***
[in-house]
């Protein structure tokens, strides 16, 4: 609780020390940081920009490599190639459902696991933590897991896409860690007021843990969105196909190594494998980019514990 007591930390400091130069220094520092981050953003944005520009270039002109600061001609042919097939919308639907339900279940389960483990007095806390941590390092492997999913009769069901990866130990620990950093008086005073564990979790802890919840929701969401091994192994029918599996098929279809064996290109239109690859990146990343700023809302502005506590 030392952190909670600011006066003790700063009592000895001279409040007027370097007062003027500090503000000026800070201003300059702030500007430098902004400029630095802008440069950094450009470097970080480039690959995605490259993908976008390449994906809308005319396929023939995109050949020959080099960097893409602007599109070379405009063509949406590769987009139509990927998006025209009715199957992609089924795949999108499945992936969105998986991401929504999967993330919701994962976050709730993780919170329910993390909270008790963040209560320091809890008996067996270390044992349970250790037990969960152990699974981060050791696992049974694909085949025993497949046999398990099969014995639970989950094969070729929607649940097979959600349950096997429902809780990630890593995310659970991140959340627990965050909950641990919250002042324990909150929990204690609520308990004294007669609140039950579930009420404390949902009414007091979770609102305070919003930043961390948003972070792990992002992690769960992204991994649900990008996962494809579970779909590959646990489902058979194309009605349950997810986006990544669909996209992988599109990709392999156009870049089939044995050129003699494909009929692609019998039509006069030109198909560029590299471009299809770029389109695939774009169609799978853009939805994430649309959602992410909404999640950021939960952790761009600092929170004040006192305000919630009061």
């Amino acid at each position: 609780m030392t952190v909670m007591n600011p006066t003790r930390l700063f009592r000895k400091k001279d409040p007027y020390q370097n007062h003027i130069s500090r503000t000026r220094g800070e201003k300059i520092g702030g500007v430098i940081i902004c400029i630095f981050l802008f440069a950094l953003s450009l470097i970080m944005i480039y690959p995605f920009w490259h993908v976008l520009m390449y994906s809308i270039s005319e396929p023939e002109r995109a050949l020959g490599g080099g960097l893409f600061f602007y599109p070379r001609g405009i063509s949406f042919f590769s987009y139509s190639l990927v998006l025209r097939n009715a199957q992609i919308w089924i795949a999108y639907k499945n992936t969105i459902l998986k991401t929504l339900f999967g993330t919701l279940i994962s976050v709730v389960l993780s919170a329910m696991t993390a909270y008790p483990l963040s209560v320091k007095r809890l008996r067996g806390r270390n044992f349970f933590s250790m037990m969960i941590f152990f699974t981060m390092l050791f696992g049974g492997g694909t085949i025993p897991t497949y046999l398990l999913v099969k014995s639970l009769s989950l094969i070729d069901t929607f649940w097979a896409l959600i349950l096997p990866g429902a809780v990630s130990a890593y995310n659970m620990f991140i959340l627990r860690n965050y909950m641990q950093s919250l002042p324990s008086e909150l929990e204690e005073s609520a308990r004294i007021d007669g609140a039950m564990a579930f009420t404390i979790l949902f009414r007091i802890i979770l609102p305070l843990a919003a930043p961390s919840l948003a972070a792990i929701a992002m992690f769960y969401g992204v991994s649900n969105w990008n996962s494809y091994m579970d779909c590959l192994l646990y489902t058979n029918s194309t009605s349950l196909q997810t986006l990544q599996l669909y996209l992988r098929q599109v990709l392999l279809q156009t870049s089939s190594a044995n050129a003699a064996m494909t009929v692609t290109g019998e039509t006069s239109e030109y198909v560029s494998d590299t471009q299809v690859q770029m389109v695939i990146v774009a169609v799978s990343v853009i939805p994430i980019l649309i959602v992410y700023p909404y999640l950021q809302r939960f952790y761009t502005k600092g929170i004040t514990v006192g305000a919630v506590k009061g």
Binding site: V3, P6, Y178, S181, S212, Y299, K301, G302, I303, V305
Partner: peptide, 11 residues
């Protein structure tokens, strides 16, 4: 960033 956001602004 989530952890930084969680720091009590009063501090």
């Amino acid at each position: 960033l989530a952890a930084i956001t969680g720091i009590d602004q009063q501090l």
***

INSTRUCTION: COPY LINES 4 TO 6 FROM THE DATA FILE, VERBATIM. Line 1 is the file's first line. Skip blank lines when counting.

Binding site: V3, P6, Y178, S181, S212, Y299, K301, G302, I303, V305
Partner: peptide, 11 residues
């Protein structure tokens, strides 16, 4: 960033 956001602004 989530952890930084969680720091009590009063501090």